Kevin Muscat’s assault on Melbourne Heart’s Adrian Zahra has seen the wild man of Australian football banned for eight games but left some commentators wondering what he needs to do to be banned for life. The term sine die is not heard too often these days but the last professional footballer to be banned for life in the UK was Glasgow Ranger’s Captain William ‘Willie’ Woodburn.
Willie Woodburn is a footballer who will forever be associated with the term sine die. A player, who amassed only four red cards in his career, was made an example of by the parochial Scottish Football Association when they suspended him for life.
To understand the circumstances behind Woodburn’s sine die ban, let us take a look back at the man’s career and ask how he came to be banned for life from the game he loved. Not wanting to sound all ‘This is your Life’ but William Woodburn was born in Edinburgh on 8 August 1919. Willie or ‘Big Ben’ as he was known to his teammate, was a 6 ft central-half, who signed for Rangers from Musselburgh Athletic in October 1937, making his debut the following year in a 2-2 draw in a league game against Motherwell.
His first of four championship medals followed the following year in 1939, just before World War II broke out. The war took six years off Woodburn’s career as he was mainly consigned to Ranger’s second string team (Rangers, along with other bigger clubs, were allowed to field two teams during the war).
After the war, Willie initially struggled to break into the Rangers first team on a regular basis but still managed to appear in the first ever Scottish League Cup Final in 1947, which saw Rangers beat Aberdeen 4-0. 1947 was also the year Woodburn received a 14-day ban for a clash with Motherwell’s Dave Mathie.
After serving his suspension Woodburn returned to the Rangers first team and became part of the defence which was known, in the late 1940’s and early 1950’s along with Bobby Brown, George Young, Jock Shaw, Ian McColl and Sammy Cox, as the Iron Curtain. Woodburn helped Rangers to four Scottish League titles, four Scottish Cups and two League Cups, including a domestic treble in 1948/49.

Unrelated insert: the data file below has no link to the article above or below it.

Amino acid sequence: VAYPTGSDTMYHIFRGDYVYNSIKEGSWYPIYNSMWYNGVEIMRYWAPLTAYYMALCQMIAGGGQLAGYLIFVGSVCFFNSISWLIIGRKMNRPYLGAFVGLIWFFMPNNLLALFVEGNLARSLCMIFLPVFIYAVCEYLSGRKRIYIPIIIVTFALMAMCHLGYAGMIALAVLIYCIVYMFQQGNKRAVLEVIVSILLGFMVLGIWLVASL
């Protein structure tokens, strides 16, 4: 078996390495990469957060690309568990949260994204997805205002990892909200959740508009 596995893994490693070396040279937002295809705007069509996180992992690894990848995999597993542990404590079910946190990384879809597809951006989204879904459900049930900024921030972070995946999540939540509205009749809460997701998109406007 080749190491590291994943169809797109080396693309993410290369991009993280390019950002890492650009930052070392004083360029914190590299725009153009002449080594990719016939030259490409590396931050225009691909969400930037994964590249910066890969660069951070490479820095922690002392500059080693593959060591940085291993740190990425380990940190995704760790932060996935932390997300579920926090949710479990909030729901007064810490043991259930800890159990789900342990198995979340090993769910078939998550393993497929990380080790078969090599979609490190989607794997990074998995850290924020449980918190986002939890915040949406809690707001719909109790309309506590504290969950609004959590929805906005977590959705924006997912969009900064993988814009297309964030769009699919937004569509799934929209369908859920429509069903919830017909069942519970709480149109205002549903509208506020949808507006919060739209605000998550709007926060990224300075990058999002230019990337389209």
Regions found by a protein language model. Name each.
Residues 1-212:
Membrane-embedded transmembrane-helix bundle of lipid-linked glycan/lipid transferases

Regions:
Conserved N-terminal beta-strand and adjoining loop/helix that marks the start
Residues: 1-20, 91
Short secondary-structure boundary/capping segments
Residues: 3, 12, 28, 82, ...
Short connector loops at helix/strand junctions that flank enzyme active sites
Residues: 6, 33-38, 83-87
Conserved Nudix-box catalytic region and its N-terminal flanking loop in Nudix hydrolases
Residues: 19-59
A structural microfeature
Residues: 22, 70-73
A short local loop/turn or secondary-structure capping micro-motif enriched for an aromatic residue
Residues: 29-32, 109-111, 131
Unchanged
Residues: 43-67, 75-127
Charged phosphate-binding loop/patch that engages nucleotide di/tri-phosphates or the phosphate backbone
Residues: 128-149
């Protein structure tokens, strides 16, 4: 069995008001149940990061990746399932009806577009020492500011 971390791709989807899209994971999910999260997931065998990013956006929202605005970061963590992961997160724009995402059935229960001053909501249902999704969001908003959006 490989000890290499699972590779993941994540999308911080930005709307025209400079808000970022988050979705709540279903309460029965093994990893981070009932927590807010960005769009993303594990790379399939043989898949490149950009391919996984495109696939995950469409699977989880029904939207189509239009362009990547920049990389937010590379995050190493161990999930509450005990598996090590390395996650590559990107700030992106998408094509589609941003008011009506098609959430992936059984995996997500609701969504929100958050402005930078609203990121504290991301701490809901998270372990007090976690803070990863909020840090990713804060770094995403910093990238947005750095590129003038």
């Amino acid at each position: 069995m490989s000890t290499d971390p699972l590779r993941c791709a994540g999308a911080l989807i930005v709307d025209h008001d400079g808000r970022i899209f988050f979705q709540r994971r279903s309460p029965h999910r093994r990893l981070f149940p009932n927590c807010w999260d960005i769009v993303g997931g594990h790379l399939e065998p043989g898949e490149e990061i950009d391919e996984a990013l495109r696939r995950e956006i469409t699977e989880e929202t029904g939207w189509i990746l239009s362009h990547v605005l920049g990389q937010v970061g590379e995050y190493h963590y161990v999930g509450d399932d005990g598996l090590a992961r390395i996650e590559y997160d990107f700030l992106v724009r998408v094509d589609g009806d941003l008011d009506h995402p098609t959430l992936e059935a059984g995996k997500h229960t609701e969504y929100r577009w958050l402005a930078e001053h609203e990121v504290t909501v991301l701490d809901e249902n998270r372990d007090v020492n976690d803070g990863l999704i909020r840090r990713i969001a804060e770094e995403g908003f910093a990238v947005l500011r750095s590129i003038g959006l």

In 1953, Woodburn received a 21-day ban for punching Clyde striker Billy McPhil. Later that same year Woodburn was sent off for the third time in his career, after being expelled against Stirling Albion. The clubs were to meet again 1954, in a League Cup tie with disastrous consequences for Woodburn. Woodburn, playing with a knee injury, took exception to a challenge and retaliated by head-butting a Stirling player.
What happened next was unprecedented, the SFA convened a disciplinary hearing the following month, and the panel decided, taking just four minutes, to suspend Woodburn sine die. While many in the Scottish game at the time expected a lengthy ban, no one was prepared for a sine die suspension. The decision was only reached with the casting vote by the chairman of the referee’s committee, John Robbie of Aberdeen.
Supported by the Scottish Player’s Union, Woodburn had the option to take his case to the courts but declined to do so, mistakenly believing the SFA would rescind the ban. They did eventually rescind the ban, but not until three years had passed, by that time Woodburn was 37-years old and perhaps having lost some of his passion for game, decided to retire.
Woodburn was known as a hard player, who could certainly tackle with force but always did so fairly, he was no hatchet. He was a player whose skills as a ball-playing centre-half, who when under pressure would prefer to play his way out of trouble rather than kick his way out.
His fierce temper was also known but for the most part it would be directed at his teammates, particularly goalkeeper, Bobby Brown, when a goal was conceded. It is telling that none of his bans were for bad tackles but rather for Woodburn failing to control his temper
The SFA clearly wanted to make an example of Woodburn, perhaps to scare other players into cleaning up their act, but there is no doubt Woodburn’s draconian punishment was harsh.
Still four sending off’s in a 17-year career, the first not coming until Woodburn was 29, is not by any means a terrible disciplinary record. Tommy Finney, England international, who played against Woodburn in many England/Scotland games, called the ban a ‘great injustice’.
Woodburn ended his career having made 216 league appearances for Rangers, scoring twice, while he also turned out for Scotland on 24 occasions.
Since Woodburn’s sine die no other professional footballer has had to suffer the infamy of being banned for life.
So all in all, Kevin Muscat can count himself lucky he wasn’t a footballer in 1950’s Scotland otherwise he would have been banned sine die.